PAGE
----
Tuesday, February 17, 2015

Mardi Gras Hard; Tomorrow is Lent #mardigras

Gotta' thank the French for bringing Mardi Gras to the states. They sure know how to party before Lent starts. Literally translated, "Mardi Gras" means Fat Tuesday in English. It's meant to be a celebration before the penitential season of Lent starts on Ash Wednesday, but the origins and traditions of Mardi Gras go all the way back to the heyday of Rome.

In ancient Rome, they celebrated a circus-type festival called "Lupercalia" which was very similar to Mardi Gras as we know it. Popular traditions and practices today include wearing masks, dancing, parades, and overturning social conventions along with a little general debauchery.   I remember when I was stationed in Germany, one tradition would be when the women would go into a bar and cut off a guy's tie with scissors. The guy was hers for the night to do whatever she wanted. Wild, huh? The Germans call Mardi Gras "Fasching" and traditions vary from place-to-place, country-to-country.

When Rome embraced Christianity, the early church decided it would be wise to incorporate some aspects f pagan rituals into the new faith. In regards to Lent, the ritual of Lupercalia evolved into the 'debauchery' of Mardi Gras.

Most of Europe and Brazil call Mardi Gras "Carnival." In some places it starts in November, and in other places, it starts the day after Epiphany.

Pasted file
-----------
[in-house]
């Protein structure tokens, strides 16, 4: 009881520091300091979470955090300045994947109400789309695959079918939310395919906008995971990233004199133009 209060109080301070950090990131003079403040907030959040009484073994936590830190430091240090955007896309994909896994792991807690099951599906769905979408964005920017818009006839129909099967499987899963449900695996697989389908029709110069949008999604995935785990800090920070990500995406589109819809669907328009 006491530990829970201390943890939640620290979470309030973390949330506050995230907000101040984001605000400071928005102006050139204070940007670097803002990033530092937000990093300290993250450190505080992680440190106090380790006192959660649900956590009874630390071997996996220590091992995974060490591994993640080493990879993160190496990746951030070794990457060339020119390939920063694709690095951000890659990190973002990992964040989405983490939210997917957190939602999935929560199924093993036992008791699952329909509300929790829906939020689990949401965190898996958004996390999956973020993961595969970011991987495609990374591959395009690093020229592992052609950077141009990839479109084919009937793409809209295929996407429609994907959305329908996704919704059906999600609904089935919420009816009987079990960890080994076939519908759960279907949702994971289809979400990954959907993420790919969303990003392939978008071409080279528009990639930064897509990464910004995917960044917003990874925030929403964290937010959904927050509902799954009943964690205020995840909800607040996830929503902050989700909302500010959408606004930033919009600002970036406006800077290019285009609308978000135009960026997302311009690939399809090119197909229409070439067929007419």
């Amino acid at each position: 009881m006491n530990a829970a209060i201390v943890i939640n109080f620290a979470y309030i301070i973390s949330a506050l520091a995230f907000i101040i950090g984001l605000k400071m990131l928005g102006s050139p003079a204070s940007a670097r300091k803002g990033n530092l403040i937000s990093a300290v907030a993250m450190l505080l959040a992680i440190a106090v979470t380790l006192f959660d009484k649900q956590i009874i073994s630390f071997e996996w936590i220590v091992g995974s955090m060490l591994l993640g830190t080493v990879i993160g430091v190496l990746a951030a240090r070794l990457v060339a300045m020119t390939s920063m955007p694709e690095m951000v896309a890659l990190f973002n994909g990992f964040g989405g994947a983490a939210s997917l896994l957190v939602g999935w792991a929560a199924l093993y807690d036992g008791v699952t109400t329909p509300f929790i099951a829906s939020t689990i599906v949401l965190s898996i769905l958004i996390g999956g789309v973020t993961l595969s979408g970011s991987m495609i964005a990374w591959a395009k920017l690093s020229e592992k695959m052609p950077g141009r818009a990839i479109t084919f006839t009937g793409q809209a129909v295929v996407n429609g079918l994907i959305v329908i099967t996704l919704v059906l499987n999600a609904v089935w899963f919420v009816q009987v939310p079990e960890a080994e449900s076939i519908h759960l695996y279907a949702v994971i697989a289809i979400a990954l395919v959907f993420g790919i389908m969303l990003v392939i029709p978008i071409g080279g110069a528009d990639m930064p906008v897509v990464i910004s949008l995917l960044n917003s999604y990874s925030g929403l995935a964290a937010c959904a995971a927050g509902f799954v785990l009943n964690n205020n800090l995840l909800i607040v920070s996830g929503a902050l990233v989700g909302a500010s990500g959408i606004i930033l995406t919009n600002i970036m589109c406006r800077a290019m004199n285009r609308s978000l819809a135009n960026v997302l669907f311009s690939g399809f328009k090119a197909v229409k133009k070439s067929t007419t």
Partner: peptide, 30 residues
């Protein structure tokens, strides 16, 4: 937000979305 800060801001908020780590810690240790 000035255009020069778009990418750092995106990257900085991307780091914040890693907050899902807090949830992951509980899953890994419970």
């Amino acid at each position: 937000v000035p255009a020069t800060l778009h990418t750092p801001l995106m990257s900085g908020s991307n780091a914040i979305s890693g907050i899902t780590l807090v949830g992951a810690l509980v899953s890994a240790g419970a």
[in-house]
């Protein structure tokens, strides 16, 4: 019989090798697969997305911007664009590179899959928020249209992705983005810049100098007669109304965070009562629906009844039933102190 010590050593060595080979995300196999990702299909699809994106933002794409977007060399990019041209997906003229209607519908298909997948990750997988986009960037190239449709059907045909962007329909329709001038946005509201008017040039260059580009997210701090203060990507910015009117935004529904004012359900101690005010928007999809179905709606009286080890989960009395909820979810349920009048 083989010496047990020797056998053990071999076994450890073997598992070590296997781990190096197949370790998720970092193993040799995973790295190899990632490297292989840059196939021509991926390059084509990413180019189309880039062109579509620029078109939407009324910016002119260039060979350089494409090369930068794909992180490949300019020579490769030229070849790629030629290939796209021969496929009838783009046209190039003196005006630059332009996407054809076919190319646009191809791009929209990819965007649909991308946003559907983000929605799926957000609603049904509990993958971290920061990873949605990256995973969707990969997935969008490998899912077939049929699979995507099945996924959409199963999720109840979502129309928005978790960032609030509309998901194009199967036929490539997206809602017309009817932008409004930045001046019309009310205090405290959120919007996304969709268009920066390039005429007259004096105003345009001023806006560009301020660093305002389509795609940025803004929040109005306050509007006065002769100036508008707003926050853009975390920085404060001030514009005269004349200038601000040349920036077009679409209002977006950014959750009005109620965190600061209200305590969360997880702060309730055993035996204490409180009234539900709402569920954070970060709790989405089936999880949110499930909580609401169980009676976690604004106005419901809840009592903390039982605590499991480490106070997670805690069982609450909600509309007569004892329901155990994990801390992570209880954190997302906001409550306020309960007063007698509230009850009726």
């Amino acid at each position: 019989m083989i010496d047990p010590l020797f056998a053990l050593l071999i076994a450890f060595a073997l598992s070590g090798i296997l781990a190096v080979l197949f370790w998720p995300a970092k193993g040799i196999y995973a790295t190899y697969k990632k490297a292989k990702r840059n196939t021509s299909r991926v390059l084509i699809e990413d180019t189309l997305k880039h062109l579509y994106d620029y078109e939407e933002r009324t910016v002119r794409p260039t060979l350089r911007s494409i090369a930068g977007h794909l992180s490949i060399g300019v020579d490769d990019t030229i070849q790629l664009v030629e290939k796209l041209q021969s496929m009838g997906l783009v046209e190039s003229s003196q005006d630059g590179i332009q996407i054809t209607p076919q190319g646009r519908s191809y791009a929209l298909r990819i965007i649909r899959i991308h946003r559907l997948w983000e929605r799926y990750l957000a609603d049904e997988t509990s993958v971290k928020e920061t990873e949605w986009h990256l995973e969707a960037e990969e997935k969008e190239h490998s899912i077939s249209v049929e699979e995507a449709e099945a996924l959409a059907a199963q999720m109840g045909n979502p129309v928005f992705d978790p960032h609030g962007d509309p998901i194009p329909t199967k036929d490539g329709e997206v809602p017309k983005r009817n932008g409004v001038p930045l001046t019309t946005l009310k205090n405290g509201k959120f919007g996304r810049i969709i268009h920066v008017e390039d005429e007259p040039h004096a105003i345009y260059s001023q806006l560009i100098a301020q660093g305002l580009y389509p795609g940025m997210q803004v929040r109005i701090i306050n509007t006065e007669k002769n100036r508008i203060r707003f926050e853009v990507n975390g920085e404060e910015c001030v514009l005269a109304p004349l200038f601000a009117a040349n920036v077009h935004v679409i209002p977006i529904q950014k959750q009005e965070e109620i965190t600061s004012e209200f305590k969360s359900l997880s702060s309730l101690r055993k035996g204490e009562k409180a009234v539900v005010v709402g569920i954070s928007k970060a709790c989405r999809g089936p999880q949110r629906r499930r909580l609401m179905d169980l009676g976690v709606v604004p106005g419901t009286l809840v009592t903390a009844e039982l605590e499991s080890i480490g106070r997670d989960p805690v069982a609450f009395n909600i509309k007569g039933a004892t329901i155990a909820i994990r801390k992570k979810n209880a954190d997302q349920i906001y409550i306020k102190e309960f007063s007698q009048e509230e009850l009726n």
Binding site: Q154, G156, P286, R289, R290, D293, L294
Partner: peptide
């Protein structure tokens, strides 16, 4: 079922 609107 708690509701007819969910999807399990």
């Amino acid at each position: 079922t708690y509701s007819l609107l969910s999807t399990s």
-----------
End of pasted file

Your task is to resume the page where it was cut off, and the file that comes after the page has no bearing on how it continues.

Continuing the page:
Mardi Gras made its way to America in the early 1700's when the French explorer, Sieur d'Iberville, settled the Louisiana/Alabama area; however the 1st recognized Mardi Gras in the States wasn't until 1827 in New Orleans. A group of students, who had recently been to Paris, put on costumes and danced through the streets.


In 1872, Russian Grand Duke Alexi Romanov visited New Orleans. He was given the opportunity to pick the Mardi Gras colors. He choose purple, representing justice, green for faith, and gold meaning power.

Me, personally, I'm a believer in moderation. I generally don't do much for Mardi Gras except wear beads and smile. Lol!!

Question for you: Do you celebrate Mardi Gras?  What do you to celebrate?


  1. Our church always hosts a Pancake Supper on Fat Tuesday. The proceeds go to benefit the Men's Group - they build handicap ramps for people throughout our county. This year I'm dieting, so I won't be participating, though a donation will be made!

  2. The party sounds like fun. Thanks for sharing the history! I didn't realize there was so much history in this event.

  3. Thanks for all of this fascinating information about Mardi Gras! It's good for me to know this history, since my husband is from New Orleans. :) Most of his family is still there, and one of their traditions is to make a King Cake every Mardi Gras. The kids love it! It's quite decadent! :)

  4. Thanks everyone for stopping by and sharing. Maggie, I admire you for staying away from the Mardi Gras treats! Melissa, I was surprised to find out about the rich history as well. King Cake sounds like a sinfully good cake!